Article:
Hidden heroes: when family members serve as caregivers
Family caregivers often are long-term, unpaid caregivers for loved ones living with cognitive diseases that impair memory, such as dementia or Alzheimer’s — a leading cause of death in Whatcom County.
Pro and con viewpoints on Whatcom’s Public Health, Safety and Justice Sales and Use Tax proposition
Commentary: Supporters and opponents speak out on Whatcom County’s Public Health, Safety and Justice Sales and Use Tax ballot proposal to fund a new jail and behavioral health, supportive housing, public safety and other criminal justice facilities and services.
Four of six Whatcom executive candidates respond in forum
Responses in a candidates forum from four (of six) vying for Whatcom County Executive sketched out four differing perspectives on how to serve.
Shortage of mental health care providers hits home locally
“Not a pretty picture”: Whatcom, Skagit and San Juan counties — like elsewhere across the country — are seeing a shortage of mental health care providers, and not enough are in the training queue.
Modern conservation corps meshes care for land, health for youths
Youth Conservation Corps in the Salish Sea region offer a prescription for youths’ mental, cultural and spiritual health — and a means to care for the land.
Jail needs to change, community agrees; but how?
An advisory committee for the Justice Project aims to ensure that voters’ priorities are considered in the next Whatcom County Jail ballot measure.
A most interesting job
Commentary: Meet Sandy Hart, who may have one of the most interesting jobs in Bellingham.
Some progress but gaps remain in mental health care for Whatcom adolescents
Summer services in the Bellingham and Nooksack Valley school districts aimed to fill gaps with a new option this year: mental health therapy.
Schools assess safety protocols after shootings, threats
Recent school shootings and threats have renewed concern over safety — and impact on students’ mental health.
Who are the homeless?
Our concept of the “deserving poor” needs to expand past attitudes mirroring 17th and 18th century mores that drive today’s ambivalent response to homelessness.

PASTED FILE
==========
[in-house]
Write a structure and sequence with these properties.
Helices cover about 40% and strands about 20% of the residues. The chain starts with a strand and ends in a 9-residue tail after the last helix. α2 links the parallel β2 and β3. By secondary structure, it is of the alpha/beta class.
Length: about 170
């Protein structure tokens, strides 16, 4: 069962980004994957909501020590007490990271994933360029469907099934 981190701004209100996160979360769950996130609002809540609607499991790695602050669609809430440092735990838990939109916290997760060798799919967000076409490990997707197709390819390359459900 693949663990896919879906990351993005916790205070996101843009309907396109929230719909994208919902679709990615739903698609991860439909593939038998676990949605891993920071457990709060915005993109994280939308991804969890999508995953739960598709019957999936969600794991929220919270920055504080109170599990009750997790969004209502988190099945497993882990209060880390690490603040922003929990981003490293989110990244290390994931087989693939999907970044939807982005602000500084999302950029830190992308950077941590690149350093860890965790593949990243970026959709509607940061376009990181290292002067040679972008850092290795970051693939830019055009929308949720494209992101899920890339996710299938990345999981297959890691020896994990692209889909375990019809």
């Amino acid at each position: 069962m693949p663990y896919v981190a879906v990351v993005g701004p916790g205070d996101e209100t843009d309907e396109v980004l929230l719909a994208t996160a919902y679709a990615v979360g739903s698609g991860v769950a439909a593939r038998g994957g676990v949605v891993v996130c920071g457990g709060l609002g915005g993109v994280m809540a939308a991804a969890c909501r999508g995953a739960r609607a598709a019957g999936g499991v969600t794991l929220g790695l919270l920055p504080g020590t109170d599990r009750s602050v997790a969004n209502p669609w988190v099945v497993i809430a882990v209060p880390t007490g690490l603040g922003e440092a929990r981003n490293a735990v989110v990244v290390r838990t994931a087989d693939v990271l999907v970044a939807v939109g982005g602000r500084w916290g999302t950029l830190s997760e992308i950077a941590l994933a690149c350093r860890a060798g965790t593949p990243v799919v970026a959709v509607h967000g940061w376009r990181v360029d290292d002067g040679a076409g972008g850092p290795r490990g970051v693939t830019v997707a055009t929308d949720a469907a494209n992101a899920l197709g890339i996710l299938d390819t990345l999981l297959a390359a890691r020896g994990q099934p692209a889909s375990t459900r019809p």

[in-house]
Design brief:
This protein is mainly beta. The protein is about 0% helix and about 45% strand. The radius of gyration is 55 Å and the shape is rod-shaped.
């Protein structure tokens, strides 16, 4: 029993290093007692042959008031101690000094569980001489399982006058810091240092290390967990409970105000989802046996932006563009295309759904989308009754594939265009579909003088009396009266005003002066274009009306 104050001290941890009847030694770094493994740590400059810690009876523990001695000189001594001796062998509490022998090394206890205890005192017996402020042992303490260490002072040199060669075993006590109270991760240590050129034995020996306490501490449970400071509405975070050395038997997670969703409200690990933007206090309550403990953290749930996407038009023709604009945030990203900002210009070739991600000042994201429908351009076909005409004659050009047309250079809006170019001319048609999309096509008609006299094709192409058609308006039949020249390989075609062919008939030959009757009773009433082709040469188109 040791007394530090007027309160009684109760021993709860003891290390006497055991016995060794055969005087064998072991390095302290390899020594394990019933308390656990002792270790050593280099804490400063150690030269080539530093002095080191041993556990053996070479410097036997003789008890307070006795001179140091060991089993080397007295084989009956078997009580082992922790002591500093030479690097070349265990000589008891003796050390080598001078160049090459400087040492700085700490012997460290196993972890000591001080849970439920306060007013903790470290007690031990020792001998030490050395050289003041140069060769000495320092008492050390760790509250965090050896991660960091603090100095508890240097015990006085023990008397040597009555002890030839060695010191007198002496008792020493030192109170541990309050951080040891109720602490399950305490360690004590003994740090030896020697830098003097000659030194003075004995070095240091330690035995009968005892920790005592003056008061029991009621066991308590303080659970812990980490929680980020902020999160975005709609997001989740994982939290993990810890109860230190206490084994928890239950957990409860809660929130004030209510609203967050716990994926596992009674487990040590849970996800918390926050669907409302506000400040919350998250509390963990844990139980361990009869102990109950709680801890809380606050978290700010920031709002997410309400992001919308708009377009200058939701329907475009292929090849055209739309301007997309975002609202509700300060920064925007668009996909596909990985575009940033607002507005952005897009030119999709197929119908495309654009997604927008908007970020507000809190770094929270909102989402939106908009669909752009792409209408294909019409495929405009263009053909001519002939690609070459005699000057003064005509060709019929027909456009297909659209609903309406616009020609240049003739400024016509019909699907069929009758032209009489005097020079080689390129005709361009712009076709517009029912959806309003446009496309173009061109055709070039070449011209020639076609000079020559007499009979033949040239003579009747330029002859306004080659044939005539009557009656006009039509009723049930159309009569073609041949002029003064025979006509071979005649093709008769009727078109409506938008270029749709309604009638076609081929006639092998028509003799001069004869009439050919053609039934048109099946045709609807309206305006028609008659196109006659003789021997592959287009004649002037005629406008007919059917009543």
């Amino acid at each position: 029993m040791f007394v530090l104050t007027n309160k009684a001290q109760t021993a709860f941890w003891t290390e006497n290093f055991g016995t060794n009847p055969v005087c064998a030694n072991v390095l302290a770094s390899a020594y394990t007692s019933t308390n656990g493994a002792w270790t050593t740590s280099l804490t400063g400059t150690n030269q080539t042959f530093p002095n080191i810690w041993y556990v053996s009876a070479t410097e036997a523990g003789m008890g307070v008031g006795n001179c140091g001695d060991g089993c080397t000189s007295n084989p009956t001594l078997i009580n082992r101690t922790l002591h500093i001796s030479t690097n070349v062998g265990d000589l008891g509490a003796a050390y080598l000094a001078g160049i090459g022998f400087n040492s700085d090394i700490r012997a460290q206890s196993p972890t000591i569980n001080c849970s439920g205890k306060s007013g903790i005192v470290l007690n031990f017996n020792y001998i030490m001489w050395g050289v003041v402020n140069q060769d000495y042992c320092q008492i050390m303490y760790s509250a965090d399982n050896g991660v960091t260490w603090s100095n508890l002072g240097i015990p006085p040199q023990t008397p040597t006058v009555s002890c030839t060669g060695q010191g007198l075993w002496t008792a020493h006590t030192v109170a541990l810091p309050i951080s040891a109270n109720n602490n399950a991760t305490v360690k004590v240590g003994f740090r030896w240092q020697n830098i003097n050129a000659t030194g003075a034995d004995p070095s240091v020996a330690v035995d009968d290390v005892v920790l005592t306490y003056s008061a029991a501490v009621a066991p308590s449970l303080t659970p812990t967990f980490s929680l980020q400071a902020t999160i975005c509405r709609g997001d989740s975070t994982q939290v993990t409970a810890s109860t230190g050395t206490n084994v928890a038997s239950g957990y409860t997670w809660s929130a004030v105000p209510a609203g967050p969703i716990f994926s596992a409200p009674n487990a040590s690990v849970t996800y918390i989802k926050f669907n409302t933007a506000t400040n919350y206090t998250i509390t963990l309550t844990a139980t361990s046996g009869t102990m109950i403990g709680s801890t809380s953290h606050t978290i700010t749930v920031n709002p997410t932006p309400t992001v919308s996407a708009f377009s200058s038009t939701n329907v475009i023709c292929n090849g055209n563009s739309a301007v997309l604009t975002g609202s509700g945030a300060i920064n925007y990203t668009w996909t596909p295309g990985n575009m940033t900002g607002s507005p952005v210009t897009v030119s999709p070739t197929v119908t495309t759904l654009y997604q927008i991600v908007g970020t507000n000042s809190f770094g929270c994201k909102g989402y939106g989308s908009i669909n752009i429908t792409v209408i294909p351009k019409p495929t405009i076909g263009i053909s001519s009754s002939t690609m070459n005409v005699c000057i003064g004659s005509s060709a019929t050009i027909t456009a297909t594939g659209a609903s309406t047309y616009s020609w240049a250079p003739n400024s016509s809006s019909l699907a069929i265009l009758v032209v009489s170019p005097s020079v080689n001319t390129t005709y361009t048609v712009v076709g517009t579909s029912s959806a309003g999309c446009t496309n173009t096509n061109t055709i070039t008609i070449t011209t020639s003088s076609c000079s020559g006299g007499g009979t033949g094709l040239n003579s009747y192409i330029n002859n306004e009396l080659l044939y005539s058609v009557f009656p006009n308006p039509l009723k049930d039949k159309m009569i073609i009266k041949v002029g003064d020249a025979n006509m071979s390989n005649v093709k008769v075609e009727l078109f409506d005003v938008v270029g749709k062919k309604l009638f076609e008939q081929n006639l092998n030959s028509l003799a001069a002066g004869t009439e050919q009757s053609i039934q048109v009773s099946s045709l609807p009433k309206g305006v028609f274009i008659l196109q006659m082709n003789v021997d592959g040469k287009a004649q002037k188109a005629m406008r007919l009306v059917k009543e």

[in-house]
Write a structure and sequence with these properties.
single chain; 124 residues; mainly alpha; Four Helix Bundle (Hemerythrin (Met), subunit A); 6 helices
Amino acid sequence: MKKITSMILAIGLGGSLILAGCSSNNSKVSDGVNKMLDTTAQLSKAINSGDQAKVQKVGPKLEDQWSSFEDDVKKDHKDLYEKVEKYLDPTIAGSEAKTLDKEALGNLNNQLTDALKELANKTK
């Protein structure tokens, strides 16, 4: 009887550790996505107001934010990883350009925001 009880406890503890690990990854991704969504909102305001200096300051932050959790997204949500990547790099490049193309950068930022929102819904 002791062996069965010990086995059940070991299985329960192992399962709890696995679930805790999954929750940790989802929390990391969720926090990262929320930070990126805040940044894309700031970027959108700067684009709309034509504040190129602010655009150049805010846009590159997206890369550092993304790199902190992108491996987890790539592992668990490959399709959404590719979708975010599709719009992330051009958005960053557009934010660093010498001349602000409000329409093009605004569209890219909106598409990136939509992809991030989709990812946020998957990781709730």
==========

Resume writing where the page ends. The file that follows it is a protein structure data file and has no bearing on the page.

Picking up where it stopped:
Leaning into ‘treatment over punishment’: jail diversion programs show potential
Amid calls to reform policing and criminal justice — and an aging, crowded jail — Whatcom officials, residents and law officers are looking to diversion programs for detainees with serious mental health or substance abuse issues.
Skagit sheriff-social-worker partnership is a game-changer in mental health calls
A different approach to how first responders in Skagit County address mental health crises is changing the outcome of behavioral health emergencies and helping people stay out of the hospital or jail.
For the people: what local legislators plan for the 2022 session
Dealing with climate change, providing economic relief post-COVID-19 and ensuring sustainability for the Washington State Ferries system made the priority lists of elected officials returning to take care of the people’s business when the 2022 session opens Jan. 10.
Businesses open but not ‘as usual’ as pandemic continues to affect restaurant staff, management
Restaurants are open for business but definitely not back to normal, as management and staff work their way through post-pandemic-shutdown changing realities. While federal support dollars helped many owners to carry on and stay in business, the industry is seeing a trend toward workers leaving, prompted by concerns for their physical and mental health as well as newly difficult social interactions in an already stressful work environment.
In country, town and city, treatment for drug addiction is urgently needed
Harm reduction programs and collaborations among police, health professionals and society at large pave the pathways to treatment needed by those addicted to drugs, agreed an expert panel at the recent Ralph Munro seminar. Along with looking at why people turn to drugs and how to get them the help they need to overcome addiction, the panel offered ideas as to what’s needed in the way of policy.
The Gardenview Village tiny homes open avenues of hope for those experiencing homelessness
Gardenview Village, a new community of tiny homes located off Lakeway Drive in Bellingham, will include 35 houses to serve unhoused members of the community when complete. The site already is providing homes to some residents since opening in mid-October.